But wait, there’s more
Yes, I know LinuxCon is next, and that’s in mid-August, but I think they’ve got the publicity thing covered, especially with the 20-year thing and with Linus being there and all. But if you’re going to the next show, make it the Ohio LinuxFest in September. Bradley Kuhn and Cathy Malmrose are keynoting, so you’ll not want to miss that (especially Cathy — Go ZaReason!)
Because there’s no proverbial hornet’s nest to stir up in the near vicinity, I guess I’ll just touch on a few topics and issues that have popped up on the radar as of late. Like
Ohio Linux Fest: There’s some big to-do up in Vancouver next week, something about twenty years of a widely used operating system that puts Windows to shame, a guy named Linus who doesn’t like GNOME 3 and other luminaries in the Linux constellation of stars, blah blah blah. But for those who can’t make that, you might want to head to Columbus, Ohio, to discover the Ohio Linux Fest next month. The event runs from Sept. 9-11 at the Greater Columbus Convention Center in downtown Columbus. The keynoters are Cathy Malmrose, of ZaReason fame, and Bradley Kuhn, of Software Freedom Conservancy fame. As this is the last big event of the year now that Utah Open Source Conference is in mothballs this year until next spring, it might be a good chance to get in a show before the year’s out.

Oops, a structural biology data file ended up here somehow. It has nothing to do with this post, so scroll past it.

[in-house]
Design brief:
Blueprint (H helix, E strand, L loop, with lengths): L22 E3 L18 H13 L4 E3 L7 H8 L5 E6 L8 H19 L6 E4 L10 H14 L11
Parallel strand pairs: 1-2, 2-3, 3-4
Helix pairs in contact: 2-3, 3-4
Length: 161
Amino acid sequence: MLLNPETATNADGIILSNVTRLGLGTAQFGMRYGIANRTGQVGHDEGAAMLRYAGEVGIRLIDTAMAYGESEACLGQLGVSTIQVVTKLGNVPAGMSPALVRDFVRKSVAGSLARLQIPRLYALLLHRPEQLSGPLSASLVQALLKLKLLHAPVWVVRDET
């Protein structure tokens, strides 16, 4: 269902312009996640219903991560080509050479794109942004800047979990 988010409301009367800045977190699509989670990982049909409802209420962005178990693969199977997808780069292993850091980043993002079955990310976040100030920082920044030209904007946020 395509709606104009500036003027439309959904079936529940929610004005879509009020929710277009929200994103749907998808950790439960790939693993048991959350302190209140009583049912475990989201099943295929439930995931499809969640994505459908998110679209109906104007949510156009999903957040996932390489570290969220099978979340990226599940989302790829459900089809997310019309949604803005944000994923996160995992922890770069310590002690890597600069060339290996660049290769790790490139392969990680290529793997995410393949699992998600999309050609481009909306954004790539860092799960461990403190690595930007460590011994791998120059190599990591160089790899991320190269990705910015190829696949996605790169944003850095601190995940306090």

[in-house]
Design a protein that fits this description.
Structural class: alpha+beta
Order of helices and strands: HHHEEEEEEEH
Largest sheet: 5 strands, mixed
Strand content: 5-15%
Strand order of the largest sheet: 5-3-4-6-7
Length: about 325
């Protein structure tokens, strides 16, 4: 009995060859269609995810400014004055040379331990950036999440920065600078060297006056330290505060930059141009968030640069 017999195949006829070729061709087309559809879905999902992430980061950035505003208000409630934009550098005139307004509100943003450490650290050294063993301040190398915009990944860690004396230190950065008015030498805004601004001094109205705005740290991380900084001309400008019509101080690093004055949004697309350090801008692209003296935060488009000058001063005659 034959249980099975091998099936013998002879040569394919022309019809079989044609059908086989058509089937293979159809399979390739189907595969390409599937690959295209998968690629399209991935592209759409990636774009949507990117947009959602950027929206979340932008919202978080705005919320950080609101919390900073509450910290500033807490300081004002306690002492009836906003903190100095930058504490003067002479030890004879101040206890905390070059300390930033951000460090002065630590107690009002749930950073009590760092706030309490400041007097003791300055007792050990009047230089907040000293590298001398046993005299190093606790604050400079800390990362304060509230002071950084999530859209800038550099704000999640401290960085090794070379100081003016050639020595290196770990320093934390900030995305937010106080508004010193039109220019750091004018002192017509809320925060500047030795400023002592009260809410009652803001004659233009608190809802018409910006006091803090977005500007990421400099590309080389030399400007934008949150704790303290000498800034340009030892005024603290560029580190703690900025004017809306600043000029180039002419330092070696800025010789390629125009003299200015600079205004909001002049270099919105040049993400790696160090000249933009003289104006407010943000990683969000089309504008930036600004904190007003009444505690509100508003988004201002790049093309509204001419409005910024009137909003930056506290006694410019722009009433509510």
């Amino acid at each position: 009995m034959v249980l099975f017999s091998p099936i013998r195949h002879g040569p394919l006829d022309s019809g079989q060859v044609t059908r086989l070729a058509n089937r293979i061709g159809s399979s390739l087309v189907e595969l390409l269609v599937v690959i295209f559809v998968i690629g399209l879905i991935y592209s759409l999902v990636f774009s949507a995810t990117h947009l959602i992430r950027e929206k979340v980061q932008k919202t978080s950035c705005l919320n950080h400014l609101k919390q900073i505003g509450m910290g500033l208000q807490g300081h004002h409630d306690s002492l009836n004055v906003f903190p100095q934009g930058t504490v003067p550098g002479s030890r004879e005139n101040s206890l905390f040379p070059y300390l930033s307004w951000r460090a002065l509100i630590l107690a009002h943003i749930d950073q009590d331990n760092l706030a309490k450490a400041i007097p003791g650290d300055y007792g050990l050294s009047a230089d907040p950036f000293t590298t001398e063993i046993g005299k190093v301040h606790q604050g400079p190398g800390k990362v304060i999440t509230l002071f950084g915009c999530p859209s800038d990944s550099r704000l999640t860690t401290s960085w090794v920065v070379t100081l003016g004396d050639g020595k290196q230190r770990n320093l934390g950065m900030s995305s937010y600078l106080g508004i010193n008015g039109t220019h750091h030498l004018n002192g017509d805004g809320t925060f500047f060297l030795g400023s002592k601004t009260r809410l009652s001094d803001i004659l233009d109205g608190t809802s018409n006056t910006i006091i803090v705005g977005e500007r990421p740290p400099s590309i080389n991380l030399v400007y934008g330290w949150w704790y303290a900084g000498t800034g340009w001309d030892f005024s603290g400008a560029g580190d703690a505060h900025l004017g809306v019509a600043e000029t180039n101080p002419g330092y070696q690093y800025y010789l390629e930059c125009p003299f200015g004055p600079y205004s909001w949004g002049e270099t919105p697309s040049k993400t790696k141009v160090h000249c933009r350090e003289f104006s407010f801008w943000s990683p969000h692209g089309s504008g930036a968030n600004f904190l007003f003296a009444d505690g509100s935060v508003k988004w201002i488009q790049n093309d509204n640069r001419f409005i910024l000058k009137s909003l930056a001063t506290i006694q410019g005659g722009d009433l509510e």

But wait, there’s more.
Weighing in on SCALE: The folks at the Southern California Linux Expo — that’s SCALE 10X in January (that’s right, I said January) — plan to pull out a few stops for the show’s 10th anniversary. Rather than divulge what I already know, I can tell you they’ve moved up the show to Jan. 20-22, which is on the tail end of linux.conf.au — LCA2012 if you’re keeping score at home — which runs from Jan. 16-20. Can two different hemispheres handle two big expos back to back? Oh, easily.
But wait, there’s more.
Tails, you win: Another candidate for the distros-to-try-when-I-get-some-free-time list is called Tails, which stands for The Amnesic Incognito Live System. Michael Reed of Linux Journal writes a rather in-depth article about it on the LJ web site. While it sort of mirrors the latest OS offering from our own Department of Defense, it goes a few steps further for those who are not government workers and/or who want to take those few extra steps in the way of ensuring privacy.
With that, it’s time to hit the redwood trail.
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